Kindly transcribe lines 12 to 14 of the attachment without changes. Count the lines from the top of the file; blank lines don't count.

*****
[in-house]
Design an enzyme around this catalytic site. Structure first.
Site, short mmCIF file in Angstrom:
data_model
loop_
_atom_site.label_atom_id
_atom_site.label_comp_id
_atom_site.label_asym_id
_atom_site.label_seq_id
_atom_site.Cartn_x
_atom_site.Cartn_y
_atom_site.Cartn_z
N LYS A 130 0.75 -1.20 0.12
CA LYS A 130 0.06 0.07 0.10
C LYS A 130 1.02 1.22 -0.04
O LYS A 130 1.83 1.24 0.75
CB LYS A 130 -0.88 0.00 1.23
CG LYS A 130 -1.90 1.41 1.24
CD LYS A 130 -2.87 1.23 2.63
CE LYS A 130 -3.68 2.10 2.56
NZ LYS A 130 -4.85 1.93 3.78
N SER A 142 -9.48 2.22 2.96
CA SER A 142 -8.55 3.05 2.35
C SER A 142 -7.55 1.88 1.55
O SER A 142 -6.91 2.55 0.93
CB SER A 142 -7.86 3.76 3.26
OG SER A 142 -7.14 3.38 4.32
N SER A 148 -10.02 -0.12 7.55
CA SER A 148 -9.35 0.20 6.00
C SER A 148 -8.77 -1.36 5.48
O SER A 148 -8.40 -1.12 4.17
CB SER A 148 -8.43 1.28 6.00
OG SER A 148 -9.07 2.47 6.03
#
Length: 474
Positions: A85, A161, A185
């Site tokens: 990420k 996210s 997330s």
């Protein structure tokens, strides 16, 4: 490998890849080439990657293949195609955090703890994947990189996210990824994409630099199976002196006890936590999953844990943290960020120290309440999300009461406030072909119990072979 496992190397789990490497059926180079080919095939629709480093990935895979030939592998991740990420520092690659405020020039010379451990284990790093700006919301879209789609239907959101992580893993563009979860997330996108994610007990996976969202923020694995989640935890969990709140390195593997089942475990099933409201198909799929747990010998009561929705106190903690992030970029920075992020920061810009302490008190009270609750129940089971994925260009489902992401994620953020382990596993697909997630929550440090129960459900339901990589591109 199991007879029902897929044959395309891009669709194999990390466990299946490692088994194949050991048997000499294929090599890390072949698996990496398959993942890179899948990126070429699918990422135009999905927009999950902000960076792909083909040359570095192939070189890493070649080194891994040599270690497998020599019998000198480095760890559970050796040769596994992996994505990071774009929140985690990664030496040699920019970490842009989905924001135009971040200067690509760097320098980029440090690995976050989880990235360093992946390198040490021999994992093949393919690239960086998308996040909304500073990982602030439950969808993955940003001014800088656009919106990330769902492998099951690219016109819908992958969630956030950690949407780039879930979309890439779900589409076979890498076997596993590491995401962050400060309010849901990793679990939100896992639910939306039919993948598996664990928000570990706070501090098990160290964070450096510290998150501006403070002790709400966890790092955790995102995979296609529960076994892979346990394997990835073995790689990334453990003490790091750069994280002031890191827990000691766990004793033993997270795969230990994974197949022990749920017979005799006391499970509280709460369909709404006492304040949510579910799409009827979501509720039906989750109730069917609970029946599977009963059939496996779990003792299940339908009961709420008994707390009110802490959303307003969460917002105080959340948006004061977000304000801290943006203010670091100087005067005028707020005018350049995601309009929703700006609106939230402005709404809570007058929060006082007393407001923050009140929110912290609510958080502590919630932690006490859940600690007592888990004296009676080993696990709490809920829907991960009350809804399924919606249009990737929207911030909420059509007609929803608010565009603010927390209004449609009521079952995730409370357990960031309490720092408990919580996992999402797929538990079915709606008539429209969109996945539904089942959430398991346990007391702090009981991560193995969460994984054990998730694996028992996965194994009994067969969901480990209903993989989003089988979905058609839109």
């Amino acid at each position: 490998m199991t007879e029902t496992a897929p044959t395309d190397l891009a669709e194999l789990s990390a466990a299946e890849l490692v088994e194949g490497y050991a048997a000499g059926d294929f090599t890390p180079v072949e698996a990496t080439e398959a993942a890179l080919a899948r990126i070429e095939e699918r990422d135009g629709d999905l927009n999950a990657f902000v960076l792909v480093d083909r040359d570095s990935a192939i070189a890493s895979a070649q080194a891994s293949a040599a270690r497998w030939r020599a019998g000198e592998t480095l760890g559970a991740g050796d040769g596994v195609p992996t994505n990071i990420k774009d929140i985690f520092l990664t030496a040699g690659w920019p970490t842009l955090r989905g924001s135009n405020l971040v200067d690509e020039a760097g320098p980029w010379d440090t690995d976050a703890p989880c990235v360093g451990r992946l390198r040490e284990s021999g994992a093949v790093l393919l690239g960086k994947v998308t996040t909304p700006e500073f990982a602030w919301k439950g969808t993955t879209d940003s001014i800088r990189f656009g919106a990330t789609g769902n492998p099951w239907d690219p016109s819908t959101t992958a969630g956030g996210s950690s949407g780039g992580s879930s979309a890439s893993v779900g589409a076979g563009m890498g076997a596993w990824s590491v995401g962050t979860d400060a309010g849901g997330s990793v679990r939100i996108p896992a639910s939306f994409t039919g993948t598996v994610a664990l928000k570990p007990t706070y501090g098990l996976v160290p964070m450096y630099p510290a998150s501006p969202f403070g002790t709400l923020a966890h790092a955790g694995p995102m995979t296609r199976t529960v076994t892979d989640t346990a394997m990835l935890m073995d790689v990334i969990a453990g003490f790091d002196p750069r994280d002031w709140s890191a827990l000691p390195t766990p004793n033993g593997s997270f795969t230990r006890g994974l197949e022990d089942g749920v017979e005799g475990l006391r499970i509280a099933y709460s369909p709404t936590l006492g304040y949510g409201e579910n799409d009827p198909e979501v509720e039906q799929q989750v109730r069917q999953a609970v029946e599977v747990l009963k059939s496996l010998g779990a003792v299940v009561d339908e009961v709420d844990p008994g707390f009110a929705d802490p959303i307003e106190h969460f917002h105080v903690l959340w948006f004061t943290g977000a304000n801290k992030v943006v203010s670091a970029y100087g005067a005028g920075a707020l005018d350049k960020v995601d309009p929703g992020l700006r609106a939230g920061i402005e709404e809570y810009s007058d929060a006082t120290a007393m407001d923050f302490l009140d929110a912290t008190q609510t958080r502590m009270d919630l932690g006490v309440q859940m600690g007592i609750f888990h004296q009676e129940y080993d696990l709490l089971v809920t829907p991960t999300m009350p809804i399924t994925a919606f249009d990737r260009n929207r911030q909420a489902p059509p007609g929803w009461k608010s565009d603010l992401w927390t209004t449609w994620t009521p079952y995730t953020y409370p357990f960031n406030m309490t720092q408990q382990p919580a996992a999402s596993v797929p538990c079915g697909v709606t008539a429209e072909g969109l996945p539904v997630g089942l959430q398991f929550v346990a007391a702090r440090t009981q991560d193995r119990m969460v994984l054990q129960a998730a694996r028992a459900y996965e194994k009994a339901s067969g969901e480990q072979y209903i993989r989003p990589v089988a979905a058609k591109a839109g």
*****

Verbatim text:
_atom_site.Cartn_z
N LYS A 130 0.75 -1.20 0.12
CA LYS A 130 0.06 0.07 0.10